Bioengineering

News & Events

03/15/11 Coulter Grant Recipients Announced Today

Five research teams that will use bioengineering methods to tackle clinical problems have received a total of $432,000 in seed grant funds from the Wallace H. Coulter Translational Research Grant Program at Stanford. Now in its sixth year, the Stanford-Coulter program bridges the gap between clinical needs and engineering solutions. To qualify for funding, teams must include a physician and an engineer. The five projects receiving the 2011 grants are:

  • Rapid viral identification device using nanochannel FET detectors — Annelise Barron, PhD, associate professor of bioengineering, and Michael Snyder, MD, professor of genetics.
  • Fast, pinhole camera-phone based imaging of oral cavity for early cancer detection — Manu Prakash, PhD, acting assistant professor of bioengineering, and Michael Clarke, MD, professor of oncology.
  • A novel solution for temporary cardiac pacing — Jeffrey Feinstein, MD, associate professor of bioengineering and of pediatric cardiology, and Paul Wang, MD, professor of cardiovascular medicine.
  • Portable respiratory acoustic monitoring device — Thomas Krummel, MD, professor of surgery and of bioengineering, and Paul Sharek, MD, associate professor of pediatrics.
  • Minimally invasive creation of autologous venous valves for the treatment of deep venous insufficiency — Paul Yock, MD, professor of bioengineering and of medicine, and Jason Lee, MD, assistant professor of surgery.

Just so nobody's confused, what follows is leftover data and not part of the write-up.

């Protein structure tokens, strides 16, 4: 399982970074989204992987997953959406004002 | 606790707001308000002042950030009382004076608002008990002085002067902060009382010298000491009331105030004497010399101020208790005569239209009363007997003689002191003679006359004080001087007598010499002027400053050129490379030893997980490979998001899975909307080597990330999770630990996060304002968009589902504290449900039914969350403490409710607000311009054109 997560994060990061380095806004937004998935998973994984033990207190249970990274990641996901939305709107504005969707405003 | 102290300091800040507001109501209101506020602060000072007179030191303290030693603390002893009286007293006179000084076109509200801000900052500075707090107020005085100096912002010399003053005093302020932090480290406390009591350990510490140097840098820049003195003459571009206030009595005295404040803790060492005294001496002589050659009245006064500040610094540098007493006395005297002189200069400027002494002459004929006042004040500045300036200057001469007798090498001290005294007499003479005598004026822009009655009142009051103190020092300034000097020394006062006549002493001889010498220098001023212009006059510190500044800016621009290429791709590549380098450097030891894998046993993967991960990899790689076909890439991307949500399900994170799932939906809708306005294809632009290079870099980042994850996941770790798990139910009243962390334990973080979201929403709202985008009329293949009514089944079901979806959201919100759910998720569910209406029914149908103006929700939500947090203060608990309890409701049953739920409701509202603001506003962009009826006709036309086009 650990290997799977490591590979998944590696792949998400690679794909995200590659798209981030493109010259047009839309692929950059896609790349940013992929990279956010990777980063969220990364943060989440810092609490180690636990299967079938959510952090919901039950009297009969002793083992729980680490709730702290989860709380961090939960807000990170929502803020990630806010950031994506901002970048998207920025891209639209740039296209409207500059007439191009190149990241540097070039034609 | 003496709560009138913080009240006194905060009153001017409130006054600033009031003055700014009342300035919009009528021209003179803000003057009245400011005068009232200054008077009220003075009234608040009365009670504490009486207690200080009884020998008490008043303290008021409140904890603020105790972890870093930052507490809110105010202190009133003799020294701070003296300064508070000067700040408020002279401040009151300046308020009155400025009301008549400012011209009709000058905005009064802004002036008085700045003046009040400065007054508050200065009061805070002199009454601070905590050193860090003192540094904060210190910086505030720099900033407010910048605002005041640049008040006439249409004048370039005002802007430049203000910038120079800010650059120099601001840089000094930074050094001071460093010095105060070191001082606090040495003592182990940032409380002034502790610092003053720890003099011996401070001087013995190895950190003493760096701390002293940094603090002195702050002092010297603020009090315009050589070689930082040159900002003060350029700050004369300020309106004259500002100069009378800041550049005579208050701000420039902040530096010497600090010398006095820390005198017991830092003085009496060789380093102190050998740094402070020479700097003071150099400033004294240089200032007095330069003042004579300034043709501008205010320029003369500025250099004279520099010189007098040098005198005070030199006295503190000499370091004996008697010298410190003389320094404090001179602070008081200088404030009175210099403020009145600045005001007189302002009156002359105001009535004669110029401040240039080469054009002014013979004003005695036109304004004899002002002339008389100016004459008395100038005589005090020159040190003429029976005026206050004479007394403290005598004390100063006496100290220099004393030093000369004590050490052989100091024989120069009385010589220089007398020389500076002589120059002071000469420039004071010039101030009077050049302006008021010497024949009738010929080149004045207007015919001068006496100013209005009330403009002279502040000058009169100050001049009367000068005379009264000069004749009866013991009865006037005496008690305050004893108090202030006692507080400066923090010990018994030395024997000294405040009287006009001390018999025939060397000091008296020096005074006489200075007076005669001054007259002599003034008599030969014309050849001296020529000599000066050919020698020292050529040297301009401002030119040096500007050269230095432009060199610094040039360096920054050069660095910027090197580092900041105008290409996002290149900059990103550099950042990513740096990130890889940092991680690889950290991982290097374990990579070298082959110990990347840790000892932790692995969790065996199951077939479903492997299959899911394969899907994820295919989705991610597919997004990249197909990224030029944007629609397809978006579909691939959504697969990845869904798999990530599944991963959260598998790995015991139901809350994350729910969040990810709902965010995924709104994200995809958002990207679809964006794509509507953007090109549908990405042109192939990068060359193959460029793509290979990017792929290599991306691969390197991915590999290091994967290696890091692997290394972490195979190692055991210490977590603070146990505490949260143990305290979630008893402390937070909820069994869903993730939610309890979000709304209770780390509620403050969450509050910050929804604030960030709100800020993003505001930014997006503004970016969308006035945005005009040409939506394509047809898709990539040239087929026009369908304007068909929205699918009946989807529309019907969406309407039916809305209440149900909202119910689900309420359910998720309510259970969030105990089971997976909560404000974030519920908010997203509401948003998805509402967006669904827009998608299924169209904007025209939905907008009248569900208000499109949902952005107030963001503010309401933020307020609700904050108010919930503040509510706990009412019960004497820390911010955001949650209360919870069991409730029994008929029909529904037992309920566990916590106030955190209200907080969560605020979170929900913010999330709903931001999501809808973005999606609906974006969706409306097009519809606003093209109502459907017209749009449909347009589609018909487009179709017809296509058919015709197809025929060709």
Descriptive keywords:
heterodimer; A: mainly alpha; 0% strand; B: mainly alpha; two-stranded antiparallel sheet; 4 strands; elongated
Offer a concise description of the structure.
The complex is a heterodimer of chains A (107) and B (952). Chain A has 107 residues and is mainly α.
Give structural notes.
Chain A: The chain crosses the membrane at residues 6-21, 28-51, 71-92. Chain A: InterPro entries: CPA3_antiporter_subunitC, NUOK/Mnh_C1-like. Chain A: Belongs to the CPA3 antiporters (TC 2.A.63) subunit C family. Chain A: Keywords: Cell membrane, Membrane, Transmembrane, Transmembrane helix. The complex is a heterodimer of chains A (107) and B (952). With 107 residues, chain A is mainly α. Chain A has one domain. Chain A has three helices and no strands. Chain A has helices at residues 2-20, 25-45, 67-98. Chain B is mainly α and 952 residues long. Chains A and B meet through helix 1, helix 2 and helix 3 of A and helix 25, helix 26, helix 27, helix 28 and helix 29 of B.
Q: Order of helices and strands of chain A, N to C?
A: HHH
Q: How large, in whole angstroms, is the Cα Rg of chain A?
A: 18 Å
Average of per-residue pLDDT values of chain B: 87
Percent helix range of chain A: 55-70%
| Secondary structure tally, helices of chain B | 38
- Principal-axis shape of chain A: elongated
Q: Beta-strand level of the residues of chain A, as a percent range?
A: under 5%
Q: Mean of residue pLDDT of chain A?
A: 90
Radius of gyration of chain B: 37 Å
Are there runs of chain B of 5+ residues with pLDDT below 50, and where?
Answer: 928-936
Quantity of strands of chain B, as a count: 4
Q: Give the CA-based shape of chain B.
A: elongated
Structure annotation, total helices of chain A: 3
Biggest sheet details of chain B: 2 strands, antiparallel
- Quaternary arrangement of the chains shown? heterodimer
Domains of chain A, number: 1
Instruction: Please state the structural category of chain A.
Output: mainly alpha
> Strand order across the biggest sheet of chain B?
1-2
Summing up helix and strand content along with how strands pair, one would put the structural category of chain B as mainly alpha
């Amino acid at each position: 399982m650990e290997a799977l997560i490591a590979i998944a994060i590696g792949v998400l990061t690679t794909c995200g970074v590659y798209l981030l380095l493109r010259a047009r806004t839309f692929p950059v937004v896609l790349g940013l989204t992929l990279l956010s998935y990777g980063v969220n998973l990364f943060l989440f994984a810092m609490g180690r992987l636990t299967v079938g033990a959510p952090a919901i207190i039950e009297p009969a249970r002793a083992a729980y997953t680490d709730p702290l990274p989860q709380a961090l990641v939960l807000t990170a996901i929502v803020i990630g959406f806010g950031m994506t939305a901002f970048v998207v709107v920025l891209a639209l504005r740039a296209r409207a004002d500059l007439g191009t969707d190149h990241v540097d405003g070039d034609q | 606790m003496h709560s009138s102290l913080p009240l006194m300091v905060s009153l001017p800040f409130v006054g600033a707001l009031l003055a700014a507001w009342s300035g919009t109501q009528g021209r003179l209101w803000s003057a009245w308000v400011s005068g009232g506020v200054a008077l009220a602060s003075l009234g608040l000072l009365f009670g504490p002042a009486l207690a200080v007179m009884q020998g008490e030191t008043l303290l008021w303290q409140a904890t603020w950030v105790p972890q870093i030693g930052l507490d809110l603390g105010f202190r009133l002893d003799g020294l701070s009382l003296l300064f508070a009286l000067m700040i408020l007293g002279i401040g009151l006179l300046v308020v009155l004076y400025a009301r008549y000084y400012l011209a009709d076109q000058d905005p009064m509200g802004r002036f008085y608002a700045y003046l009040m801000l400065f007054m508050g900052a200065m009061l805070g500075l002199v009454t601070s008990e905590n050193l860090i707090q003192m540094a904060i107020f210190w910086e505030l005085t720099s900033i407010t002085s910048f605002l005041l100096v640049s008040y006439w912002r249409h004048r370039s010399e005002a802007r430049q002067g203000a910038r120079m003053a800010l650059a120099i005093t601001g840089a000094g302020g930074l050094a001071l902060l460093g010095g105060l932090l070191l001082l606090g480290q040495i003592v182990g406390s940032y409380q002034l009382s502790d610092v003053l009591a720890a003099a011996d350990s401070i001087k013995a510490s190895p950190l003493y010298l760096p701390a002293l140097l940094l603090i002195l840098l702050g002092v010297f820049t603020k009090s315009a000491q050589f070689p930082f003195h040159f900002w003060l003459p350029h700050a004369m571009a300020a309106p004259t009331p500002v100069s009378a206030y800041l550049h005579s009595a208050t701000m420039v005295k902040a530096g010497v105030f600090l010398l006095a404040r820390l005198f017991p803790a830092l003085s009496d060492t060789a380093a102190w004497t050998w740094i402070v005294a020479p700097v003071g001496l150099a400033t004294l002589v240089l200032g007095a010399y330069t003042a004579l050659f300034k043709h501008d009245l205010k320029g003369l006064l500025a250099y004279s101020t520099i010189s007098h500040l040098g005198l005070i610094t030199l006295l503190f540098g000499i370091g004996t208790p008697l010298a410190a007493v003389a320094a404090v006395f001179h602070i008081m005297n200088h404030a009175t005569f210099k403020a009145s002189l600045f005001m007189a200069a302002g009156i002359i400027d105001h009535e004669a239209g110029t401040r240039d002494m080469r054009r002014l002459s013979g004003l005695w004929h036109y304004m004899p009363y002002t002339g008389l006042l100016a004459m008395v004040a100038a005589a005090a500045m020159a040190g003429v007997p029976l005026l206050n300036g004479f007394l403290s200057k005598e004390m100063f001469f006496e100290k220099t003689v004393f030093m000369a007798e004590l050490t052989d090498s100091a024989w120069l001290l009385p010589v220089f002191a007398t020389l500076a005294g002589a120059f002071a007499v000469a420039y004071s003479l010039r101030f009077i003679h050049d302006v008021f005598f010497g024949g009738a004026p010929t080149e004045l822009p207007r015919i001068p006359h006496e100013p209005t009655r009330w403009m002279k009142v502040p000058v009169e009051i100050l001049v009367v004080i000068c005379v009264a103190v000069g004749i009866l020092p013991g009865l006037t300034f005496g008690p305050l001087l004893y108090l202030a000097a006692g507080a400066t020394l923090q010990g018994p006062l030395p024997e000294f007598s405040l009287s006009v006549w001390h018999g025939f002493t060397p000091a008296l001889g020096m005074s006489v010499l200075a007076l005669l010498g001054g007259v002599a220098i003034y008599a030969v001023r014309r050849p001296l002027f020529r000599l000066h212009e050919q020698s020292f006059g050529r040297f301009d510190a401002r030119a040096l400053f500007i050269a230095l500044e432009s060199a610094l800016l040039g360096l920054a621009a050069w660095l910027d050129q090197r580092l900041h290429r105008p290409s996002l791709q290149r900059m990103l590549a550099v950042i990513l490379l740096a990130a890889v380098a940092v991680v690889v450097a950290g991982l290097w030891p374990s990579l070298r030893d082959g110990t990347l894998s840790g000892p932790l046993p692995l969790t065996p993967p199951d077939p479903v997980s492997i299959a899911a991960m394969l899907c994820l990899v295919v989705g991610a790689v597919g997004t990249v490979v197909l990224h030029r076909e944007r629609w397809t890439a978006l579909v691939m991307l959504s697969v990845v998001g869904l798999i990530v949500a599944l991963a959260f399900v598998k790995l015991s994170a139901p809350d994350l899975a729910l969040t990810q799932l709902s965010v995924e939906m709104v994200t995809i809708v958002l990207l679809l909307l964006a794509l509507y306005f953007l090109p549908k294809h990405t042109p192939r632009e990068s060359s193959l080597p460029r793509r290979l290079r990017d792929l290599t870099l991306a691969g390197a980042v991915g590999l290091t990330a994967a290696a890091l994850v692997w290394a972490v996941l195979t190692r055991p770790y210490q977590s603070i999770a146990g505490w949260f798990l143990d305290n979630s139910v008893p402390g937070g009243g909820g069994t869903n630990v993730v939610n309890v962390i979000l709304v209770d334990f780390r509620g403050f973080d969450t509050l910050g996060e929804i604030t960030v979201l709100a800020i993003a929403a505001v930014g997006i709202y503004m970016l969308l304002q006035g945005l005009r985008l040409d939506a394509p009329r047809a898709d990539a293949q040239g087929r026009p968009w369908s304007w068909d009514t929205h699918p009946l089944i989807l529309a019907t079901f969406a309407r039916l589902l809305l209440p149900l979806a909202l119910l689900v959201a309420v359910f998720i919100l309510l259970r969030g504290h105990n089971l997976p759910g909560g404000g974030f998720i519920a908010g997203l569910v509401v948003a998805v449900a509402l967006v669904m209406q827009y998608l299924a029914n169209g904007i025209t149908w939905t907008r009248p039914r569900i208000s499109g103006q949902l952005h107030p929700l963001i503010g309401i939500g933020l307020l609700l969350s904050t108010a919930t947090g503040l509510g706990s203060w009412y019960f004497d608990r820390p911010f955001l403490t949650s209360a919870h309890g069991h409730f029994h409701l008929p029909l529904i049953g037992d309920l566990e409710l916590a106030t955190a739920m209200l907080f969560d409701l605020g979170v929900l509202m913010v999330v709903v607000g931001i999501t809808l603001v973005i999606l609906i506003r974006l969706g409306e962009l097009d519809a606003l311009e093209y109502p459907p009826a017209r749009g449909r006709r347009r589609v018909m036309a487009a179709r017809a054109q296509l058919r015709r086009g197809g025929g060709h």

02/14/11 CTSA Awards Biodesign Projects

Five medical technology teams from Stanford Biodesign have received a total of $125,000 through the Spectrum pilot grant program. The biodesign program and Spectrum, the Stanford Center for Clinical and Translational Education and Research, are working together to improve and advance the training of young innovators, while at the same time accelerating the development of novel medical technologies and diagnostics. Biodesign projects are funded by a Clinical and Translational Science Award from the National Institutes of Health, and Stanford institutional and philanthropic funds. “The biodesign approach to identifying and tackling clinical needs has been extremely effective,” said Spectrum director, Harry Greenberg, MD. “As of 2010, biodesign inventions have resulted in almost 200 patent applications, and over 35,000 patients have been treated by devices created through the program.” The five projects and investigator teams receiving funds include:

  • An image-guided device that prevents gallstone obstruction in patients who want to avoid surgery — Matthew Callaghan, MD, postdoctoral scholar, and Thomas Krummel, MD, chair of surgery.
  • A low-cost test for diagnosing diseases such as malaria, tuberculosis and African sleeping sickness in underserved global regions — Manu Prakash, PhD, assistant professor of bioengineering.
  • A novel approach to cardiac rhythm support that reduces complications associated with current technologies — Aravind Swaminathan, MD, and Ellis Garai, both graduate students and former biodesign fellows.